Clean European power system possible with no extra cost, study finds

22nd June 2022


Europe can achieve a clean, reliable and expanded power system by 2035 with a similar overall cost to current plans for a smaller and more polluting supply, new modelling has found.

The study by energy think tank Ember, published today, models the entire European electricity system, hour-by-hour and country-by-country, to find the cheapest 2050 transition pathways aligned with limiting global warming to 1.5°C above pre-industrial levels.

Across all least-cost pathways, wind and solar provide 70-80% of electricity generation by 2035, with solar capacity growing by up to nine times, and wind capacity quadrupling in size.

This will require an additional upfront investment of €300-750bn. However, ditching expensive fossil fuels in favour of clean electrification is forecast to save Europe an estimated €1trn by 2035, along with numerous benefits to climate, health and energy security.

Coal must be phased out by 2030 and unabated gas reduced to less than 5% of generation by 2035 to make Europe’s power system fit for the Paris Agreement, while no large fossil gas plants need to be commissioned beyond those expected by 2025.

The findings support previous research by the Intergovernmental Panel on Climate Change and International Energy Agency, and give a detailed plan for how clean power can be achieved across the EU27, UK, Norway, Switzerland and the Western Balkans by 2035.

“Scaling clean power is a win-win-win,” said Dr Chris Rosslowe, senior energy analyst at Ember. “It will save money, put Europe on track for its climate commitments and reduce its reliance on imported fossil fuels. Europe should invest now for a huge payback by 2035.”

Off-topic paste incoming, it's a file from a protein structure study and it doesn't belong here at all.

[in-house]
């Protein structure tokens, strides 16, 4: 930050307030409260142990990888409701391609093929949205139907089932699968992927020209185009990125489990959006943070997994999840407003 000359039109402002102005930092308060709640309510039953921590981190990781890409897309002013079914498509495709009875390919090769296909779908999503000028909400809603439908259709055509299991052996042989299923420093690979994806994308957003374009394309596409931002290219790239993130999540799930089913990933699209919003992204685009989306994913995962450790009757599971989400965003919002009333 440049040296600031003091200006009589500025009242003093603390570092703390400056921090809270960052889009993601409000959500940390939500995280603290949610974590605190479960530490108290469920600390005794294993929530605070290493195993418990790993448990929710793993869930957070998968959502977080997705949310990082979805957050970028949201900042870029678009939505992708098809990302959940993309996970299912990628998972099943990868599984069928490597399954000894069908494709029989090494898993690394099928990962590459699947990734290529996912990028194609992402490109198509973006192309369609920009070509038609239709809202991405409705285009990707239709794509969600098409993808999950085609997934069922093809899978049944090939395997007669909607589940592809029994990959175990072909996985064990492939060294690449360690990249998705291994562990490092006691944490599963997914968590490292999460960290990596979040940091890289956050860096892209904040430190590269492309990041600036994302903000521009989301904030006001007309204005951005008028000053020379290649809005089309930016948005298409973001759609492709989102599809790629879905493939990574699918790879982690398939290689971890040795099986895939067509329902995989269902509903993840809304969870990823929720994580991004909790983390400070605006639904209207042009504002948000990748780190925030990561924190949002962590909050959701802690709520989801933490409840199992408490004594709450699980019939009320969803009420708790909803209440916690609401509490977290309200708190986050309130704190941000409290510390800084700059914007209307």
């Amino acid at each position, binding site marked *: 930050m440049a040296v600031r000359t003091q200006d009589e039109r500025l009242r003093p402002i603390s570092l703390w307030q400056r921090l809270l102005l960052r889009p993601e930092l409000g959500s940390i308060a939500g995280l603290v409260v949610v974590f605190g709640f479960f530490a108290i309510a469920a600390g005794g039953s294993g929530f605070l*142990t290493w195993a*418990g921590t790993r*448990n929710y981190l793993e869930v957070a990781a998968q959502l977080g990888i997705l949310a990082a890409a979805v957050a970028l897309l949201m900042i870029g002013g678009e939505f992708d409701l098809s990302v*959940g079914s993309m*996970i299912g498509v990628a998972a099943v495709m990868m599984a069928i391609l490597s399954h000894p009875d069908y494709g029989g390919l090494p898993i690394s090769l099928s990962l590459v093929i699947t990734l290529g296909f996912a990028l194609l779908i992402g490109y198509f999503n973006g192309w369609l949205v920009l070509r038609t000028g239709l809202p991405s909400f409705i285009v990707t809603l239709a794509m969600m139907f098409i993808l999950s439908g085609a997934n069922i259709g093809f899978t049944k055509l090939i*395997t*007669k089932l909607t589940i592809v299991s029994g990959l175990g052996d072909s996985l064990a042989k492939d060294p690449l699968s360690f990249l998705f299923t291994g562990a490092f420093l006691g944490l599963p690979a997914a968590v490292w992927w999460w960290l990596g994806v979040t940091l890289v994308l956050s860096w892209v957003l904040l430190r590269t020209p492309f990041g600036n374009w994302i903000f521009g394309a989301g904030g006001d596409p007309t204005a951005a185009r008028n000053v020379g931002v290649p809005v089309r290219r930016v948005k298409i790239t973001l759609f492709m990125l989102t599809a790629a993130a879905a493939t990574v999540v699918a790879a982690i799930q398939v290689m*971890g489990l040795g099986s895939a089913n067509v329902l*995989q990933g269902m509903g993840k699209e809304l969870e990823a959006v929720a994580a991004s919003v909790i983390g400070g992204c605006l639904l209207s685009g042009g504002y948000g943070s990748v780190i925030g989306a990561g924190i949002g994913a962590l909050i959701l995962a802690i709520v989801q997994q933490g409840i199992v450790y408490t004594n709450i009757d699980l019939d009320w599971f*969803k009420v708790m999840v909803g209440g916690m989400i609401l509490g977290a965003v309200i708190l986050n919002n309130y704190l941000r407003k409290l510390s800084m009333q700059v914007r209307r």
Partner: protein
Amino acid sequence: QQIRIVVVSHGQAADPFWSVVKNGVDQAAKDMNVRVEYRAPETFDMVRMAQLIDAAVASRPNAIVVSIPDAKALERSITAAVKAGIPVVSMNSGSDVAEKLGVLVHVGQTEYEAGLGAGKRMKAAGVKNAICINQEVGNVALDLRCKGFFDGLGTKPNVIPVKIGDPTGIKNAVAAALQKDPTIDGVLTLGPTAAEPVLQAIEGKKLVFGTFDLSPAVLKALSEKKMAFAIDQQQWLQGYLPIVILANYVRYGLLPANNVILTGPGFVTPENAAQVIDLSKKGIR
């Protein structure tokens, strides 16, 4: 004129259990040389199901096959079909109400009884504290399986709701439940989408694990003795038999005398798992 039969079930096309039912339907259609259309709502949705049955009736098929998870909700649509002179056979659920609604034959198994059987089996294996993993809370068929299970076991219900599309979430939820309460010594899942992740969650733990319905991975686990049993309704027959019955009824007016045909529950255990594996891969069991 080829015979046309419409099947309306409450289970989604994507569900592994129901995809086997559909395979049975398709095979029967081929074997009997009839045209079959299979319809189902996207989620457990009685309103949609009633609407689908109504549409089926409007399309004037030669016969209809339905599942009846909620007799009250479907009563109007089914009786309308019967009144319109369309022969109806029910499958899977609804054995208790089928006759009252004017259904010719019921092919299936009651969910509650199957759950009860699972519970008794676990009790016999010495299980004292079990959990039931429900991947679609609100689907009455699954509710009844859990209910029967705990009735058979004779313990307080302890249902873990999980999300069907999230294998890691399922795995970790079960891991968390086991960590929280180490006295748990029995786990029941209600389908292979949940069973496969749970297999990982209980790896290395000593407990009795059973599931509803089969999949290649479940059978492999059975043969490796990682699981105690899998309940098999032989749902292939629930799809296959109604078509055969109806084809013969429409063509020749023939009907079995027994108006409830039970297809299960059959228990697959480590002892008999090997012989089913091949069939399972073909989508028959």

The modelling shows how clean power systems deliver security of supply even during challenging ‘dunkelflaute’ conditions when harsh cold spells coincide with prolonged low wind and solar output.

Three key technologies emerge as the cornerstones of flexibility: electricity interconnections double and hydrogen electrolysers hit 200-400GW by 2035, supported by clean dispatchable sources that can be called upon when required, such as low-emission gases.

New nuclear capacity is not a feature of least-cost pathways, but the analysis also finds that current expansion plans across Europe do not incur significantly higher system costs.

The findings also show that, if the full potential of electrification and energy savings can be realised, Europe’s total consumption of fossil fuels would halve by 2030.

“Europe has shown it can step up its ambition in the face of the gas crisis and Putin’s fossil-fuelled war,” said Charles Moore, Ember's Europe Lead. “It is now required to keep pushing forward, to avert the climate crisis and unlock countless benefits for citizens and businesses.”

Image credit: iStock


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